# Service Fabric Management Endpoint API Version
apiversion = "3.0"

# Enable TLS connection.
# Optional
# [serviceFabric.tls]
# cert = "certs/servicefabric.crt"
# key = "certs/servicefabric.key"
# insecureskipverify = true

8. Optional You can choose to enable a watchdog service which will report stats and check Traefik is routing by sending synthetic requests and recording the results. The results of these checks are sent to Application Insights.

9. You can now simply publish Træfik from Visual Studio like any other Service Fabric application. Right click on the project, select Publish and follow the publication wizard.

I've created two microservices that are just deployed to the local Service Fabric Cluster. The services are still being deployed to varioud nodes in the cluster.

Microsoft Azure screenshot.

• To be able to ingress external requests via Traefik, you'll need to open up and map the relevant ports on your public load balancer. For clusters on Azure, this will be your Azure Load Balancer. The default ports are: tcp/80 (proxy) and tcp/8080 (API) but these can be configured in $REPO_ROOT\Traefik\ApplicationPackageRoot\TraefikPkg\Code\traefik.toml and in $REPO_ROOT\Traefik\Traefik\ApplicationPackageRoot\TraefikPkg\ServiceManifest.xml.

11. Once the load balancer has been configured to route traffic on the required ports, you should be able to visit the Træfik dashboard at http[s]://[clusterfqdn]:8080 if you have it enabled.

Traefik Dashboard

As you can see, the two microservices can be individually accessed through their endpoints but they can also be accessed through the traefik's endpoint localhost:8080. If I don't want to access the microservices directly, I can deny access to their ports on the Service Fabric Load Balancer.

Exposing a Service Fabric Application

Træfik uses the concept of labels to configure how services are exposed.

Labels allow you to define additional metadata for your services which Træfik can use to configure itself dynamically.

Adding Service labels

In order to assign labels for your service, you can add Extensions to your service's ServiceManifest.xml. Træfik will select any labels prefixed with traefik. Here is an example of using extensions to add Træfik labels:

<StatelessServiceType ServiceTypeName="WebServiceType">
    <Extension Name="Traefik">
      <Labels xmlns="">
        <Label Key="traefik.frontend.rule.example">PathPrefixStrip: /product</Label>
        <Label Key="traefik.expose">true</Label>
        <Label Key="traefik.frontend.passHostHeader">true</Label>

Dynamically updating Service labels

Once you've deployed your service with some default labels, you may need to change the way Træfik is routing requests without redeploying. You can overwrite and add new labels to a named service using Service Fabric's Property Management API. Træfik will then pick up these new/updated labels and reconfigure itself.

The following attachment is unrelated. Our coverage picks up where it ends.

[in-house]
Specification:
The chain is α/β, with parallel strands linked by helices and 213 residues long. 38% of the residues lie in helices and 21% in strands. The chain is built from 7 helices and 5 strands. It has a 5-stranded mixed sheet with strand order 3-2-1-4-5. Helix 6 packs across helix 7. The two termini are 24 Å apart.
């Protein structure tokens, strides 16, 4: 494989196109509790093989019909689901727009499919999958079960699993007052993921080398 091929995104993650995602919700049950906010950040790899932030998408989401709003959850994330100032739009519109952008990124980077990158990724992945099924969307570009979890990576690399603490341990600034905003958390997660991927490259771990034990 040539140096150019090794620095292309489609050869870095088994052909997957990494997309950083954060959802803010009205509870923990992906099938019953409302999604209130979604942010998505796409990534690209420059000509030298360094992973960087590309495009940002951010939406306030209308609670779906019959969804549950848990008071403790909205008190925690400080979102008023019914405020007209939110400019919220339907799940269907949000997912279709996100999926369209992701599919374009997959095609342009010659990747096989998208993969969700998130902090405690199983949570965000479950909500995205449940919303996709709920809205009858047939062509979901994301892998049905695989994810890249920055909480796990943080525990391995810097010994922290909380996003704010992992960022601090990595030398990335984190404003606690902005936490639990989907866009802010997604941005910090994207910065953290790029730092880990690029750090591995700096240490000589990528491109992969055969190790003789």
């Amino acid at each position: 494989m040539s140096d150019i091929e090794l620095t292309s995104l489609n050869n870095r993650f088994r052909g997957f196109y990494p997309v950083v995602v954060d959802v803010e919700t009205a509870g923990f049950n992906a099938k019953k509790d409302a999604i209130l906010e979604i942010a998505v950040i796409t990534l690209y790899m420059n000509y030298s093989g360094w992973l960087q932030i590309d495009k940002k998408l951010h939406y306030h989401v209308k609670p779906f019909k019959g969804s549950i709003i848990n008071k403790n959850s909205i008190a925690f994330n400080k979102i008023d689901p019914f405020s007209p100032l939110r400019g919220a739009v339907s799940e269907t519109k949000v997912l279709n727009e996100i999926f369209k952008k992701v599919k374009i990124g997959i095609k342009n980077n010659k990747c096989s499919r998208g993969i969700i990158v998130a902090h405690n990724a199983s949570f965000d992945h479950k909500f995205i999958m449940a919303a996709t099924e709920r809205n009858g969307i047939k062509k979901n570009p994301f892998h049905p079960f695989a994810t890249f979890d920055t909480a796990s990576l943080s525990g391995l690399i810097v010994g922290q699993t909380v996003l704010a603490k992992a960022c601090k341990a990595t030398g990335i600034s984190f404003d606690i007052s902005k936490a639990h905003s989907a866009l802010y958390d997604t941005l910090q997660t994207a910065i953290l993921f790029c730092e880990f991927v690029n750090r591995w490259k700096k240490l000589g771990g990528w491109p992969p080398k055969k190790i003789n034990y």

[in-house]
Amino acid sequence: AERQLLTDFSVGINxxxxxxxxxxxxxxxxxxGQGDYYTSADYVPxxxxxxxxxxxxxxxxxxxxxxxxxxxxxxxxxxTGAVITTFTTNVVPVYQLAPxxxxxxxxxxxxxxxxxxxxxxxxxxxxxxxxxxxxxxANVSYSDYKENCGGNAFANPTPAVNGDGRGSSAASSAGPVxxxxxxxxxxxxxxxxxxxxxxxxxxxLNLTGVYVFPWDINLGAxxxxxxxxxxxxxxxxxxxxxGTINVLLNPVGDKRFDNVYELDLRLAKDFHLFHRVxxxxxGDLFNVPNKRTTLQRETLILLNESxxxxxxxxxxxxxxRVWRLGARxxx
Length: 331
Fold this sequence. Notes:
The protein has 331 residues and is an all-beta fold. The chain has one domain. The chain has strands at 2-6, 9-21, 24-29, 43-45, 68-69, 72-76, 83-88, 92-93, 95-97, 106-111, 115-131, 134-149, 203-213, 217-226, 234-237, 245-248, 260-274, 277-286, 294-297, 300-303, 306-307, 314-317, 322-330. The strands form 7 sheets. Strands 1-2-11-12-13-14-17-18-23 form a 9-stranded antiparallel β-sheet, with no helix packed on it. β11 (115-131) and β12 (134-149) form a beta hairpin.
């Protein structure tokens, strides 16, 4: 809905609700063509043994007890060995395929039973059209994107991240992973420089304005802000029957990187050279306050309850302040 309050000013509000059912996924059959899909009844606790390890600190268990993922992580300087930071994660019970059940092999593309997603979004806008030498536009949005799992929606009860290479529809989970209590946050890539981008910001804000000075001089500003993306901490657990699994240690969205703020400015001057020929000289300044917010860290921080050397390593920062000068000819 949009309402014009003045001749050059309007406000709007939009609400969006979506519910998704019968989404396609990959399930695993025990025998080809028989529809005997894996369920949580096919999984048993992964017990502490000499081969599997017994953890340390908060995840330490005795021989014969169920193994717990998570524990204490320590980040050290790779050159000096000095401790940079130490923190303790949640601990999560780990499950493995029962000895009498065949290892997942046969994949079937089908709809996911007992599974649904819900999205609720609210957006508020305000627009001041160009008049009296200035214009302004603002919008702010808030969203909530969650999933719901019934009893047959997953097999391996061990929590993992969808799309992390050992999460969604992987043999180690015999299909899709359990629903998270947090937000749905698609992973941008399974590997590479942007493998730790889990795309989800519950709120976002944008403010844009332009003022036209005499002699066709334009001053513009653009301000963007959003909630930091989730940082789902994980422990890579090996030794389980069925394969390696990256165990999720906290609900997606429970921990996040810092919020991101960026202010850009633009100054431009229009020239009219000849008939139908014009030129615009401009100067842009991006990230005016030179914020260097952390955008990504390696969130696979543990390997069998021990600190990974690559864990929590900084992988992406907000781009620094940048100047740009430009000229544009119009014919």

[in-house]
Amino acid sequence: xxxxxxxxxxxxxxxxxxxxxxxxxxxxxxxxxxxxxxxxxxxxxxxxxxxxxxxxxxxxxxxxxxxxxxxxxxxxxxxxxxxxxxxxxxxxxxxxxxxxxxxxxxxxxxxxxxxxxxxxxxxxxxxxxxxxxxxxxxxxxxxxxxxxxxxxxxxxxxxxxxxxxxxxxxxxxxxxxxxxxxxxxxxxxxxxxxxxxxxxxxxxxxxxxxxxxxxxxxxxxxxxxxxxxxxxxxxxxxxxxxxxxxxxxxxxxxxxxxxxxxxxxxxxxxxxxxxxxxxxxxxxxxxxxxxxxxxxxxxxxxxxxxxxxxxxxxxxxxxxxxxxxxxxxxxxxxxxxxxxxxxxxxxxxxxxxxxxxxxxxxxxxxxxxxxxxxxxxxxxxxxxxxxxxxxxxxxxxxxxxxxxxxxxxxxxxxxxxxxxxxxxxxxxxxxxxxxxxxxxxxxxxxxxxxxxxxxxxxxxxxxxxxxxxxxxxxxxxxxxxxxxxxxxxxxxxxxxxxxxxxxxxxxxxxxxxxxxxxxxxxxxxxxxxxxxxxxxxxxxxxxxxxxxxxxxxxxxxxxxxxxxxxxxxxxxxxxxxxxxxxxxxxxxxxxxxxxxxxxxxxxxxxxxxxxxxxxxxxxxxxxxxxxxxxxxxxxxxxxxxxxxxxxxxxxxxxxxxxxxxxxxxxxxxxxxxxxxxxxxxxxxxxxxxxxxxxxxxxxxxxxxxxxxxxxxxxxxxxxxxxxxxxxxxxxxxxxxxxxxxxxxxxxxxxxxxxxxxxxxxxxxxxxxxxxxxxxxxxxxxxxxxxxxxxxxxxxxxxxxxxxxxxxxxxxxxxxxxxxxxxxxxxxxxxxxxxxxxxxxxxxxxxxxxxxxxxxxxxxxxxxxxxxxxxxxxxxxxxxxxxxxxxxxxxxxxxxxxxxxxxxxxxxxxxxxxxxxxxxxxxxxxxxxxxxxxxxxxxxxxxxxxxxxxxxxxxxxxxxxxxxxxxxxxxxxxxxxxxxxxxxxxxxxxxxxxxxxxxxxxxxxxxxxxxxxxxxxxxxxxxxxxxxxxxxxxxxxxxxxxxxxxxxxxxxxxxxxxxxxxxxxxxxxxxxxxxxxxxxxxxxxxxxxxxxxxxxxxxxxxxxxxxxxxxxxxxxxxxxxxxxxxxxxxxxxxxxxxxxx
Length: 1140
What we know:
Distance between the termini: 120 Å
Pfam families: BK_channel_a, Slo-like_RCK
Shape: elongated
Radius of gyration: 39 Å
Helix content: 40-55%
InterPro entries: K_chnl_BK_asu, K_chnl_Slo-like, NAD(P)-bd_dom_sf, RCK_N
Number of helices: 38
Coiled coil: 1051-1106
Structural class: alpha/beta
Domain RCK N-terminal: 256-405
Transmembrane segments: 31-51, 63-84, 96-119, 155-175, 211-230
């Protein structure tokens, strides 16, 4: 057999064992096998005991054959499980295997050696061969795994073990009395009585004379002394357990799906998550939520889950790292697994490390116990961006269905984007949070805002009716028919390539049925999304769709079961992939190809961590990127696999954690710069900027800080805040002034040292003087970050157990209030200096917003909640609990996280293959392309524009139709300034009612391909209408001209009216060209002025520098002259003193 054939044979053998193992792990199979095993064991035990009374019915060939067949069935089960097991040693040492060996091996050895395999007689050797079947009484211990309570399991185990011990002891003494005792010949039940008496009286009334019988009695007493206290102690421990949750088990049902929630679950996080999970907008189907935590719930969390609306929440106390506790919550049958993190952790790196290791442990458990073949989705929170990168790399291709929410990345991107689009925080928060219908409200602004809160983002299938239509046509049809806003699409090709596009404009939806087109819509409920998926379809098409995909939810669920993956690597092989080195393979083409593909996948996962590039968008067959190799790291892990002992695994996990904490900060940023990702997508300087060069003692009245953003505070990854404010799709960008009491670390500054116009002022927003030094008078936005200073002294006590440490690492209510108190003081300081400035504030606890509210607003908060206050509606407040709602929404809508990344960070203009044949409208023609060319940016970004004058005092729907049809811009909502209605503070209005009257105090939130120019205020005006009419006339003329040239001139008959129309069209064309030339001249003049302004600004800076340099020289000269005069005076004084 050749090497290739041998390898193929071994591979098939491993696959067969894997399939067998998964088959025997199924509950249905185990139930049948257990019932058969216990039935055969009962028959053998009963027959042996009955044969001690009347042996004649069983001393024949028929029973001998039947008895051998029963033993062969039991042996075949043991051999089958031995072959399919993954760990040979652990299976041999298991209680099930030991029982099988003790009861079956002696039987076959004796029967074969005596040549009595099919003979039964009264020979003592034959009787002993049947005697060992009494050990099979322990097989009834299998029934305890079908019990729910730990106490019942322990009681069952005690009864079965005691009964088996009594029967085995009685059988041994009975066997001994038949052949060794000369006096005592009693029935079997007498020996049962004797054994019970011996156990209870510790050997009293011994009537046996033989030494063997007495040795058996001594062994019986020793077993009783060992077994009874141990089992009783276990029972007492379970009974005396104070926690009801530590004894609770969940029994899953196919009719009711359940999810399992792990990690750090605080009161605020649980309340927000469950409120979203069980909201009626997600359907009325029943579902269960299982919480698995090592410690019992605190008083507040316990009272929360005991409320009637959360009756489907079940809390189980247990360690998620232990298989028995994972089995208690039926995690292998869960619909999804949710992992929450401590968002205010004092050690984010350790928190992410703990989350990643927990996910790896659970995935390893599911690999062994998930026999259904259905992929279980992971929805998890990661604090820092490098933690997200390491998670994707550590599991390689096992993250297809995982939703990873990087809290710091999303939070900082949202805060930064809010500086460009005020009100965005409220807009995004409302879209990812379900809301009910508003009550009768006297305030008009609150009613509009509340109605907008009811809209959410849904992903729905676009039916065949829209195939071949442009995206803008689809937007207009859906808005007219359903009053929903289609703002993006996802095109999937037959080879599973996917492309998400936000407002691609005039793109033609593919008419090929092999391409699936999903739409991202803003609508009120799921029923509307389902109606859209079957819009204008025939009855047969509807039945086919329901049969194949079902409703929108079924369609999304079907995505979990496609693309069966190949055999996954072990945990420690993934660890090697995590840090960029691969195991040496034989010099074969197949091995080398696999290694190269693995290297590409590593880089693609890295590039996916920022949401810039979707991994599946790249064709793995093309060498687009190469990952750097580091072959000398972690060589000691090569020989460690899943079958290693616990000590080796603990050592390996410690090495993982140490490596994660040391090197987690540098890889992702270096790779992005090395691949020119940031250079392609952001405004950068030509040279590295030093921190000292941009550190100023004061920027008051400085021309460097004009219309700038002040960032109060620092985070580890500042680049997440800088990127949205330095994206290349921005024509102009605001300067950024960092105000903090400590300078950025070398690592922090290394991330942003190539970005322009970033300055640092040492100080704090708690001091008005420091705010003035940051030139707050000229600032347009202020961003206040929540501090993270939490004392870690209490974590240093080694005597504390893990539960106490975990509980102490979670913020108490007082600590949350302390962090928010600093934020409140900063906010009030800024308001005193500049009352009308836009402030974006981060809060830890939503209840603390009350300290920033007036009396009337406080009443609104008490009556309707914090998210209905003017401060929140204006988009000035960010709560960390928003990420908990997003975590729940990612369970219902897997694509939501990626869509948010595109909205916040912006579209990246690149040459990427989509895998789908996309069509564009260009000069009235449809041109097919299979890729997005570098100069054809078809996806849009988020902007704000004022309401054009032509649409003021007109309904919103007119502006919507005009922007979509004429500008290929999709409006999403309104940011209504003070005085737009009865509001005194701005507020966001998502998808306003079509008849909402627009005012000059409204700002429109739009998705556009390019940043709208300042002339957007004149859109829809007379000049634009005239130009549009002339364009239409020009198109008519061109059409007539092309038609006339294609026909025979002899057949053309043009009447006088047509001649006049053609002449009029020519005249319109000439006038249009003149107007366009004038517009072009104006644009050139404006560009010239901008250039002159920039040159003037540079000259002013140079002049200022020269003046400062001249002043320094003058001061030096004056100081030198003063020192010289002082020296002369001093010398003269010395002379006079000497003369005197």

Setting a label dynamically using curl

curl -X PUT \
'http://localhost:19080/Names/GettingStartedApplication2/WebService/$/GetProperty?api-version=6.0&IncludeValues=true' \
-d '{
"PropertyName": "traefik.frontend.rule.default",
"Value": {
"Kind": "String",
"Data": "PathPrefixStrip: /product"
"CustomTypeId": "LabelType"
WARNING: The json provided in the body is case sensitive

Setting a label dynamically using sfctl

A future release of sfctl will allow you to operate with properties without make raw HTTP requests. There is an outstanding PR here if you wish to try this right away.

sfctl property put --name "GettingStartedApplication/WebService" --property-description "{\"PropertyName\":\"traefik.frontend.rule.default\",\"Value\":{\"Kind\":\"String\",\"Data\":\"PathPrefixStrip: /a/path/to/strip\"}}"

Available Labels

The current list of available labels is documented here.


Both services will output logs to stdout and stderr. To enable these logs uncomment the ConsoleRedirection line in both ServiceManifest.xml files.

  <Arguments>--appinsightskey=__YOUKEYHERE__ --watchdogtestserverport=29001 --pollintervalsec=60 --debug=true</Arguments>
  <!-- <ConsoleRedirection FileRetentionCount="5" FileMaxSizeInKb="2048" /> -->

Once deployed, logs will be stored in the nodes Service Fabric folder. This will be similar to D:\SvcFab\_App\TraefikType_App1\log but may vary depending on your configuration.

Disclosure : These instructions are provided by Traefik development team and are provided as is. I've tried the same steps on my local box and it works like magic.

Over the next few days, I plan to use Traefik reverse proxy lot more in my production applications and will update here how it performs.


Preetham Reddy, Cloud Solutions Architect at Tech FabricTech Fabric specializes in building web, mobile and cloud native application using Microsoft Stack (C#, .NET Core, Xamarin, Azure, SQL Service etc.,). If you need help with taking your on-premise application to cloud or convert your monolithic applications to microservices, we’d be glad to help you out. You can reach out to our sales team at